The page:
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Friday, November 25, 2011

Mold Infestation is Health Hazard

Mold is a fact of life if one lives in an old home, and for many it is nothing more than a nuisance. But in the Gustafson home in Sacred Heart, the Aspergillus mold spores are a real danger to Zachary and Ella, both who were diagnosed with cystic fibrosis (CF) in 2008.
When Zach was hospitalized at the end of the summer his doctor discovered the six-year old had allergic broncho-pulmonary aspergillosis, meaning he was allergic to the mold in the home.
“Anything that irritates his lungs,” can be harmful, explained mother Sue.
To help battle the effects of the mold the doctors have Zach on steroids. And while they might help keep the allergy in check, the side-effects aren’t fun.
“Our six year old acts like an 80-year-old,” Sue said. Climbing the stairs at the home can be a chore, with Zach’s stiff joints. His appetite can rival his dad’s at times and he and the family have to deal with the kindergartner’s mood swings caused by the medication.
The steroids Zach is on is helping, but the mold in the home needs to be completely removed. Servicemaster came out and located the mold in several areas of the house, especially in the basement and a room upstairs that at one point had been a bathroom.
Servicemaster cleaned out the basement and the Gustafsons have begun the process of repairing the upstairs room, removing an old window and replacing the wall material, where the mold had been growing.
While the basement was scrubbed clean a watermain issue which caused water to seep back into the basement revealed pipes that needed to be replaced, adding another layer to the mold problem. To hopefully correct the problem the Gustafson are planning to dig a new basement and move the house on top of it.
“The dream is to get a new house,” said Sue, but the family has not been successful getting financing.
Sue did put in an application for ABC’s popular show “Extreme Makeover: Home Edition” but she isn’t waiting around for Ty Pennington to come knocking on their door. Things need to be done to the home they have, so everyone can be as healthy as possible.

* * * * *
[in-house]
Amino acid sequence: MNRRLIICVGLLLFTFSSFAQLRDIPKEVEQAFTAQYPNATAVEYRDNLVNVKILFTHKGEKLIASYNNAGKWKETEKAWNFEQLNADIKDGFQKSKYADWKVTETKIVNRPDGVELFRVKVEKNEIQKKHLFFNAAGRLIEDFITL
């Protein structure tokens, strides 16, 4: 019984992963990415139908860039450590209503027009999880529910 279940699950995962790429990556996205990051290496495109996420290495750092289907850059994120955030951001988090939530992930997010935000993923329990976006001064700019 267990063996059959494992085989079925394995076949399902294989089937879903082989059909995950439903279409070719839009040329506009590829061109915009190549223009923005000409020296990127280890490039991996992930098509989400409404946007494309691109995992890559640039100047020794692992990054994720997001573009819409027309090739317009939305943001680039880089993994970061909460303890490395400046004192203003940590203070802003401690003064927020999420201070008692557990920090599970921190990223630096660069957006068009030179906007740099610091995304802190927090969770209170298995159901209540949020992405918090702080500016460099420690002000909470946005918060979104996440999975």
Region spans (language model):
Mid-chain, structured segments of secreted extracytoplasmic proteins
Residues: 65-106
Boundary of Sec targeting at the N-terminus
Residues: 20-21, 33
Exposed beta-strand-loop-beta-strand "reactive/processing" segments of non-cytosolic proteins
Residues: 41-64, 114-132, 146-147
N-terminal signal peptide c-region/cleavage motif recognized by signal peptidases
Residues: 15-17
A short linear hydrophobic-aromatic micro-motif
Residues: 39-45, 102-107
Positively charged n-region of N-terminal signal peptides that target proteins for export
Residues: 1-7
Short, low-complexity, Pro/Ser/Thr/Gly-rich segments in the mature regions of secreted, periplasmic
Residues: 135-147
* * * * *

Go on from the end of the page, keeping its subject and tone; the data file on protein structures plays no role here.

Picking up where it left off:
Since Zach and Ella were diagnosed with CF the communities of Sacred Heart, Granite Falls and the RCW school district have stepped up.
“Their support has blown us away,” said Sue.
The Tim Orth Foundation chose the Gustafsons as one of their families in 2008, the Sacred Heart Lions club put on a benefit, as did the family’s church. And on Dec. 3 another benefit for the family will be held at the Sacred Heart Community Center from 9 a.m. to 3 p.m., to raise money to help the family solve the mold problem. The event will include a BBQ lunch, silent auction and craft and bake sale. The event is being sponsored with supplemental funds from Thrivent Financial for Lutherans – Renville/ Redwood County Chapter. Those interested can send monetary donations to the Gustafson Fund set up at F&M Bank in Sacred Heart.
“We are much better givers than receivers,” Sue said, but eventually the family learned to let their friends and family help them. “If the community wants to love us, we should let them.”
When the CF illness entered the family many relatives wanted Sue and James to move the family closer to the cities, especially with all of the trips to Children’s Medical Center. But the couple decided against relocating.
“We are right where we need to be,” said Sue.
“We like Sacred Heart,” James added. “We want to stay here.”
The couple wants their children, including Hayley, 10 and Ayden, 8, to experience the closeness of living in a small community and to understand what it means to reach out and help people in need.
“It is so good for our kids to see that. We are some of the richest people,” in friends and family, explained Sue. “We are appreciative and totally humbled.”

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